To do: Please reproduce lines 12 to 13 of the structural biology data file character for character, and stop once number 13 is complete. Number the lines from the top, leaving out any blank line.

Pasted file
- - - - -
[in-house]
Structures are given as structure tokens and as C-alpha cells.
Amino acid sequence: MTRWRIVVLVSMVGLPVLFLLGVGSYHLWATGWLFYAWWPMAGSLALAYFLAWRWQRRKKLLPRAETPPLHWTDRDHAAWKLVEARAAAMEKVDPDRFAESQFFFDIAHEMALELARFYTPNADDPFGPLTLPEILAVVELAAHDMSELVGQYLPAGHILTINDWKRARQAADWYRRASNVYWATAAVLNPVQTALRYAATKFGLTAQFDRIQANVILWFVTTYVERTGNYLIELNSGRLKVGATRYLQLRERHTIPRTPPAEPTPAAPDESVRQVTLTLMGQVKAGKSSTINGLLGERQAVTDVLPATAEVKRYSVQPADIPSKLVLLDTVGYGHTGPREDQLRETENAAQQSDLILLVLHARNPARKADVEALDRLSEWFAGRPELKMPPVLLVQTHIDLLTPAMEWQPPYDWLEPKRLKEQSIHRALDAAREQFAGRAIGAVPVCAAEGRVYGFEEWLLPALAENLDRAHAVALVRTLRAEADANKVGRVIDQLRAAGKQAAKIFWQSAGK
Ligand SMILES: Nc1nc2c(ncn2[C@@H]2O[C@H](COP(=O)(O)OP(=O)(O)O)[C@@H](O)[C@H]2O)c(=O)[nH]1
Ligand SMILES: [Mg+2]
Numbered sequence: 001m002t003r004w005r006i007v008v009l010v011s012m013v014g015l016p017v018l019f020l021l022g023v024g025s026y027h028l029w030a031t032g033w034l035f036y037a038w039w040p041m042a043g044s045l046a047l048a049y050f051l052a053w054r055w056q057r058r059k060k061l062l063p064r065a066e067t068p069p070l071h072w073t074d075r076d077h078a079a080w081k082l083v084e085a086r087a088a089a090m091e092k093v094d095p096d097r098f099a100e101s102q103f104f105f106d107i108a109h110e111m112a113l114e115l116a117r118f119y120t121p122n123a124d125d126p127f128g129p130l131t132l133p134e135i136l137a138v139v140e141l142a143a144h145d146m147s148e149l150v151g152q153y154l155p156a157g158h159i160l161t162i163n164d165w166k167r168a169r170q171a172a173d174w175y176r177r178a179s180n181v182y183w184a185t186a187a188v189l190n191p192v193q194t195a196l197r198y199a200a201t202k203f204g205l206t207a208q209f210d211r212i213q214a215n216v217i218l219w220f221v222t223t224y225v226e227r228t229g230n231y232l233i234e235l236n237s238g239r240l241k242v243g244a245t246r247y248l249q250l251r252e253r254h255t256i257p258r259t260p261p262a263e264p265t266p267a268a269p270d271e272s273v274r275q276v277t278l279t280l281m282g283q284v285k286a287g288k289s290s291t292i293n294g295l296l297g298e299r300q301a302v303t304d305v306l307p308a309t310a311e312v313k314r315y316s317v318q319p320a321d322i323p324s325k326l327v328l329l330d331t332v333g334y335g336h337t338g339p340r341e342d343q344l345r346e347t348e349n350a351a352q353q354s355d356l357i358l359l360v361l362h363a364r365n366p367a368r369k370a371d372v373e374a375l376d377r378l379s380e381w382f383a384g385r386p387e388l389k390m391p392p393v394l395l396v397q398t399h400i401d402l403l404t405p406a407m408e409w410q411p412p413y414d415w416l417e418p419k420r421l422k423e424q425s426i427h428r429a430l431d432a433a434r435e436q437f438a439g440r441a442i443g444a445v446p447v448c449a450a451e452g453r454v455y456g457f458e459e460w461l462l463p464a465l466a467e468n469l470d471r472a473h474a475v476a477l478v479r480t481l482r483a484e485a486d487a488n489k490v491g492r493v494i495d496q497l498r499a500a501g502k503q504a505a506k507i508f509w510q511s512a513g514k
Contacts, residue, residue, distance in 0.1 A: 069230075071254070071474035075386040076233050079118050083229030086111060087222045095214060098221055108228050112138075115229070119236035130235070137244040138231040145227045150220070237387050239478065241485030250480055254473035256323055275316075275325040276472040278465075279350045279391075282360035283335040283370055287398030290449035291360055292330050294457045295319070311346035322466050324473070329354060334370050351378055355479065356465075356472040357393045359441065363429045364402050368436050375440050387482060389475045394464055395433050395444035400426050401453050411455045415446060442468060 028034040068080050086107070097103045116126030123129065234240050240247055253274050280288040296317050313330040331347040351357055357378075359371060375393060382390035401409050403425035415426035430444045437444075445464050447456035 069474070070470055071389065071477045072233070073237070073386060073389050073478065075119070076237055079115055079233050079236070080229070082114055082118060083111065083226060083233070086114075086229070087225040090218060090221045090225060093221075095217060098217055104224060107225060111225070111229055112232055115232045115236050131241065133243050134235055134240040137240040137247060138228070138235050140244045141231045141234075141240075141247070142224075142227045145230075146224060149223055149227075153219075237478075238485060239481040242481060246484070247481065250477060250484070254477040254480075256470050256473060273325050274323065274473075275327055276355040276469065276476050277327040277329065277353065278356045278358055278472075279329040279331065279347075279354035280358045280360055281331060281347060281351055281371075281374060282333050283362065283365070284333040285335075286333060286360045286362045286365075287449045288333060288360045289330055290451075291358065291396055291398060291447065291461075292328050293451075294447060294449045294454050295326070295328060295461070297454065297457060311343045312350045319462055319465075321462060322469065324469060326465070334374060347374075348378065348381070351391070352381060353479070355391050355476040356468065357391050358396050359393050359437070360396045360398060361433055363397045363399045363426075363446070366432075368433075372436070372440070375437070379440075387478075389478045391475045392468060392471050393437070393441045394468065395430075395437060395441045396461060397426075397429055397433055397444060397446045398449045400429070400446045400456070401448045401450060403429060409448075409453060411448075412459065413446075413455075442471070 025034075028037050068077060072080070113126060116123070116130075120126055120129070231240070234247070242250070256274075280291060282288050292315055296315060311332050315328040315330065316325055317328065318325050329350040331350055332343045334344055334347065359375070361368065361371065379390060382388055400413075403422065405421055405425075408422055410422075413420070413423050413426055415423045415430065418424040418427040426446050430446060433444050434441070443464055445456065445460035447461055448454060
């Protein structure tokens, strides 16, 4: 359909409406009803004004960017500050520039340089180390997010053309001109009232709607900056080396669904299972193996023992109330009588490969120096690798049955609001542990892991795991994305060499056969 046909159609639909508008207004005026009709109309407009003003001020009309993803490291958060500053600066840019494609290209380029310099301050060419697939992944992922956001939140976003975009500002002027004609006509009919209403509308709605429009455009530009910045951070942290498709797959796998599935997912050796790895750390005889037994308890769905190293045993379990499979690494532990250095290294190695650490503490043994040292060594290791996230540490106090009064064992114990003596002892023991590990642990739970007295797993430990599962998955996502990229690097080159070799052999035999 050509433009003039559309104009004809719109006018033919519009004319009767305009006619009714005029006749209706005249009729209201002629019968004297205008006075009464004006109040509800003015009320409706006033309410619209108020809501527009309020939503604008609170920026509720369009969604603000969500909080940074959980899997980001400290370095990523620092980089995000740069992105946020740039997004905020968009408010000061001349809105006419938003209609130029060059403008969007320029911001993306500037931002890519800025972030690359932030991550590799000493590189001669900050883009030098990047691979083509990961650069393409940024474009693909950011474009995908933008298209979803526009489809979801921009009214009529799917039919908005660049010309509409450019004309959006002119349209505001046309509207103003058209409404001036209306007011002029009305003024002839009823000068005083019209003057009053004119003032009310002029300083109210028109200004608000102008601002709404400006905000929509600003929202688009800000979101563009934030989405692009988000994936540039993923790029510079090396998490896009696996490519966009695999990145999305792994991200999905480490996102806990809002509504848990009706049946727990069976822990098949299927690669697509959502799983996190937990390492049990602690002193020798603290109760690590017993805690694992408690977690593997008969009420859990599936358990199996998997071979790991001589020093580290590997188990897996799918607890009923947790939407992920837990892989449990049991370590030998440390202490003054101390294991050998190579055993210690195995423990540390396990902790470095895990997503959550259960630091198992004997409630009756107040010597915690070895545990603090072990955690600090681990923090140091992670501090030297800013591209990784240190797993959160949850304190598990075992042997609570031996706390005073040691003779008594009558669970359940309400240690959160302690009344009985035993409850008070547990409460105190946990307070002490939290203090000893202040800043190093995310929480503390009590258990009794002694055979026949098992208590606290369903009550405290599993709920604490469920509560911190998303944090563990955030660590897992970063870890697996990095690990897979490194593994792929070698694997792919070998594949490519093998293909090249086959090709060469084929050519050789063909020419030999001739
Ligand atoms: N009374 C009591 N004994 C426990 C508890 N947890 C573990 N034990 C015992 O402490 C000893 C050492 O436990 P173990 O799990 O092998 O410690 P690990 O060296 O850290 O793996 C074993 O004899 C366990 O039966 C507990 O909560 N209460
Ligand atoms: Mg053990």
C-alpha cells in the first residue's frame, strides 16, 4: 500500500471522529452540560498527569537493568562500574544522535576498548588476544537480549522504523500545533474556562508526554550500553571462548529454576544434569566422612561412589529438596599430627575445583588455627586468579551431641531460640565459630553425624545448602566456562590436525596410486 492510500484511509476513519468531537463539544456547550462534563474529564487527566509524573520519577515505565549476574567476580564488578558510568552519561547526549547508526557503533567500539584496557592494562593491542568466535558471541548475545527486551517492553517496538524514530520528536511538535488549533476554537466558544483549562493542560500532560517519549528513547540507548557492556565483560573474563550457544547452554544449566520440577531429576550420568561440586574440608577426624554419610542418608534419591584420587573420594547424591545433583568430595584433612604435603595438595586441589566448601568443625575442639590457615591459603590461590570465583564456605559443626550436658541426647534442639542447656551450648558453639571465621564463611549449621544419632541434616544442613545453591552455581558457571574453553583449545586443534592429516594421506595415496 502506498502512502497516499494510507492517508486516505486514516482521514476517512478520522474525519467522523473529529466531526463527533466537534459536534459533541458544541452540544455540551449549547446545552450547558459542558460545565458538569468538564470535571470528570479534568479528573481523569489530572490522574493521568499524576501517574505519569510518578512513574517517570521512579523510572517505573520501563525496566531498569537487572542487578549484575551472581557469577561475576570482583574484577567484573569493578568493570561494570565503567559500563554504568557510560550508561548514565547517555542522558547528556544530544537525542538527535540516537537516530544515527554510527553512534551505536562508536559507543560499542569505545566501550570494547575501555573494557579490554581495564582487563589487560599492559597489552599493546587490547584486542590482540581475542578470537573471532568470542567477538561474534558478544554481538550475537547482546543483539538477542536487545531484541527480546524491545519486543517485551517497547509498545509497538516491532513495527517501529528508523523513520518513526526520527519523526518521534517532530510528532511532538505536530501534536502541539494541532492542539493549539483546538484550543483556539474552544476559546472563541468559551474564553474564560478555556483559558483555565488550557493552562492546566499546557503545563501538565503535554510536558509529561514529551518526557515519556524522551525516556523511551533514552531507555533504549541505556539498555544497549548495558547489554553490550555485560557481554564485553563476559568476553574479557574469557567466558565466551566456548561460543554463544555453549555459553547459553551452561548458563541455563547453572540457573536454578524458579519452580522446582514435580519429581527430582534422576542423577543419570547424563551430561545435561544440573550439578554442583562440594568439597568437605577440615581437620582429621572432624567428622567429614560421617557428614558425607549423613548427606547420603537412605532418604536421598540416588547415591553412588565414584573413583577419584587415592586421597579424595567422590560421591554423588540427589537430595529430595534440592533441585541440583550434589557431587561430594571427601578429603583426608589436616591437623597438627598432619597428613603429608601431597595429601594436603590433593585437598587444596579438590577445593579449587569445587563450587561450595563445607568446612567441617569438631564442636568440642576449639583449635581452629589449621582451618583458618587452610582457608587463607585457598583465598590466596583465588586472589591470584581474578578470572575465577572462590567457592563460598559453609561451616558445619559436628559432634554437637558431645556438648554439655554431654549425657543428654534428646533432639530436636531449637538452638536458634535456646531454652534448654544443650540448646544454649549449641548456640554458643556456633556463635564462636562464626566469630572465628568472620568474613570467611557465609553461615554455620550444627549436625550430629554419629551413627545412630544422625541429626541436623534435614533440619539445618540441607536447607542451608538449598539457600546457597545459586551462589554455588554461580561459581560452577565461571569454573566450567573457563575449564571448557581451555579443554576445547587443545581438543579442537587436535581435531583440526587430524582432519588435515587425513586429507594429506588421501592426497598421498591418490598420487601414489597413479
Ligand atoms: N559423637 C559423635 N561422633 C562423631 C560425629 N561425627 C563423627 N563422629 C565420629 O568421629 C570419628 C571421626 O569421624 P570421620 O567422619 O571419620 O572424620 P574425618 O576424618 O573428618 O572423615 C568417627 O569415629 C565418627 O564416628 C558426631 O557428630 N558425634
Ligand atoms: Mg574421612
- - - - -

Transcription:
Ligand atoms: N559423637 C559423635 N561422633 C562423631 C560425629 N561425627 C563423627 N563422629 C565420629 O568421629 C570419628 C571421626 O569421624 P570421620 O567422619 O571419620 O572424620 P574425618 O576424618 O573428618 O572423615 C568417627 O569415629 C565418627 O564416628 C558426631 O557428630 N558425634
Ligand atoms: Mg574421612